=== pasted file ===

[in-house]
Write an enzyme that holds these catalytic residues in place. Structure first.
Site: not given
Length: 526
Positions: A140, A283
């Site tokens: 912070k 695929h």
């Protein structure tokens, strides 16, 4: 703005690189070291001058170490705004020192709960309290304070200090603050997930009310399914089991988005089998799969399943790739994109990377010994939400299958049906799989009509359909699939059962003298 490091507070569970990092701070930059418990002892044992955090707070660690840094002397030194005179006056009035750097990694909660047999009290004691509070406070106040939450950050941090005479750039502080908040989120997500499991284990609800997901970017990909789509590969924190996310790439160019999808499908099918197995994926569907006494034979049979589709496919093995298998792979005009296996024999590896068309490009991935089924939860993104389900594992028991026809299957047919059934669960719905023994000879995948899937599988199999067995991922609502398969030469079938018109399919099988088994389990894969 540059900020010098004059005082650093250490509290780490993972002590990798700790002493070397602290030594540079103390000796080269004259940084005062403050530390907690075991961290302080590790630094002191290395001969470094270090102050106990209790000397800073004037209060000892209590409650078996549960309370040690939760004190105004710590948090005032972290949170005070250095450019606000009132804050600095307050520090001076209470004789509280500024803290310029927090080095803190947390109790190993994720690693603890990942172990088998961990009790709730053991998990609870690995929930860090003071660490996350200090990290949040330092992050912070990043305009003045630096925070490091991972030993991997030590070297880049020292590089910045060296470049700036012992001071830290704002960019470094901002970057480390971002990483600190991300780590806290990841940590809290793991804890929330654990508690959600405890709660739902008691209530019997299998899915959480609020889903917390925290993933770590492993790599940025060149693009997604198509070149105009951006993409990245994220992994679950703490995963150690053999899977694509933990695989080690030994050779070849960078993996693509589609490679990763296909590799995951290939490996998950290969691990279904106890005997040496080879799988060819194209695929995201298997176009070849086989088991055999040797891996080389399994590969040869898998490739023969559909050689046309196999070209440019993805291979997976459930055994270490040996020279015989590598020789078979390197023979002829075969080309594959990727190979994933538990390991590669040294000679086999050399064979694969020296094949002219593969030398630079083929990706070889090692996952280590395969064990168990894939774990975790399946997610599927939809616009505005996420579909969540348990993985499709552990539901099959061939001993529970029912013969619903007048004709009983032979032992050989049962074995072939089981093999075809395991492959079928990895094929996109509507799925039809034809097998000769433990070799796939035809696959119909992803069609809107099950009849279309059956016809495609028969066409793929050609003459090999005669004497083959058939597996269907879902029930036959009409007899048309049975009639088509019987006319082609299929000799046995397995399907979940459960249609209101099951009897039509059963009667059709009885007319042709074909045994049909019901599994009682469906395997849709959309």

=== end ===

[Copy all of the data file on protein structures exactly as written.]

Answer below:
[in-house]
Write an enzyme that holds these catalytic residues in place. Structure first.
Site: not given
Length: 526
Positions: A140, A283
């Site tokens: 912070k 695929h």
């Protein structure tokens, strides 16, 4: 703005690189070291001058170490705004020192709960309290304070200090603050997930009310399914089991988005089998799969399943790739994109990377010994939400299958049906799989009509359909699939059962003298 490091507070569970990092701070930059418990002892044992955090707070660690840094002397030194005179006056009035750097990694909660047999009290004691509070406070106040939450950050941090005479750039502080908040989120997500499991284990609800997901970017990909789509590969924190996310790439160019999808499908099918197995994926569907006494034979049979589709496919093995298998792979005009296996024999590896068309490009991935089924939860993104389900594992028991026809299957047919059934669960719905023994000879995948899937599988199999067995991922609502398969030469079938018109399919099988088994389990894969 540059900020010098004059005082650093250490509290780490993972002590990798700790002493070397602290030594540079103390000796080269004259940084005062403050530390907690075991961290302080590790630094002191290395001969470094270090102050106990209790000397800073004037209060000892209590409650078996549960309370040690939760004190105004710590948090005032972290949170005070250095450019606000009132804050600095307050520090001076209470004789509280500024803290310029927090080095803190947390109790190993994720690693603890990942172990088998961990009790709730053991998990609870690995929930860090003071660490996350200090990290949040330092992050912070990043305009003045630096925070490091991972030993991997030590070297880049020292590089910045060296470049700036012992001071830290704002960019470094901002970057480390971002990483600190991300780590806290990841940590809290793991804890929330654990508690959600405890709660739902008691209530019997299998899915959480609020889903917390925290993933770590492993790599940025060149693009997604198509070149105009951006993409990245994220992994679950703490995963150690053999899977694509933990695989080690030994050779070849960078993996693509589609490679990763296909590799995951290939490996998950290969691990279904106890005997040496080879799988060819194209695929995201298997176009070849086989088991055999040797891996080389399994590969040869898998490739023969559909050689046309196999070209440019993805291979997976459930055994270490040996020279015989590598020789078979390197023979002829075969080309594959990727190979994933538990390991590669040294000679086999050399064979694969020296094949002219593969030398630079083929990706070889090692996952280590395969064990168990894939774990975790399946997610599927939809616009505005996420579909969540348990993985499709552990539901099959061939001993529970029912013969619903007048004709009983032979032992050989049962074995072939089981093999075809395991492959079928990895094929996109509507799925039809034809097998000769433990070799796939035809696959119909992803069609809107099950009849279309059956016809495609028969066409793929050609003459090999005669004497083959058939597996269907879902029930036959009409007899048309049975009639088509019987006319082609299929000799046995397995399907979940459960249609209101099951009897039509059963009667059709009885007319042709074909045994049909019901599994009682469906395997849709959309």